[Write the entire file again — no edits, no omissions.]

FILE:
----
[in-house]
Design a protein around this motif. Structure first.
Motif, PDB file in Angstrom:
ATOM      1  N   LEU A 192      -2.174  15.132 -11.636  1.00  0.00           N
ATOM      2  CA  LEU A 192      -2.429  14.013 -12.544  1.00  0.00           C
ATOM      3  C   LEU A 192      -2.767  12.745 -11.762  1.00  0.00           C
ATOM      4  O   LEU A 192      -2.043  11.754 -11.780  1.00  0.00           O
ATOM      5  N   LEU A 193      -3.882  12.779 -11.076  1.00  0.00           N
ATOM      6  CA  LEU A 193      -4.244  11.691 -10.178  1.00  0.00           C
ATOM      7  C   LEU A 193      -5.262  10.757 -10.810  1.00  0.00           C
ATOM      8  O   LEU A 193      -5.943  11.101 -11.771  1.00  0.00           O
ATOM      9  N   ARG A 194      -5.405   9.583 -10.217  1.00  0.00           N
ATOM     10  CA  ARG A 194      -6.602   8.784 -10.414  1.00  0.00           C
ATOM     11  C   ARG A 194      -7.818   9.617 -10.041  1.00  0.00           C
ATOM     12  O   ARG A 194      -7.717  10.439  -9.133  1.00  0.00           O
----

[in-house]
Design a protein around this motif. Structure first.
Motif, PDB file in Angstrom:
ATOM      1  N   LEU A 192      -2.174  15.132 -11.636  1.00  0.00           N
ATOM      2  CA  LEU A 192      -2.429  14.013 -12.544  1.00  0.00           C
ATOM      3  C   LEU A 192      -2.767  12.745 -11.762  1.00  0.00           C
ATOM      4  O   LEU A 192      -2.043  11.754 -11.780  1.00  0.00           O
ATOM      5  N   LEU A 193      -3.882  12.779 -11.076  1.00  0.00           N
ATOM      6  CA  LEU A 193      -4.244  11.691 -10.178  1.00  0.00           C
ATOM      7  C   LEU A 193      -5.262  10.757 -10.810  1.00  0.00           C
ATOM      8  O   LEU A 193      -5.943  11.101 -11.771  1.00  0.00           O
ATOM      9  N   ARG A 194      -5.405   9.583 -10.217  1.00  0.00           N
ATOM     10  CA  ARG A 194      -6.602   8.784 -10.414  1.00  0.00           C
ATOM     11  C   ARG A 194      -7.818   9.617 -10.041  1.00  0.00           C
ATOM     12  O   ARG A 194      -7.717  10.439  -9.133  1.00  0.00           O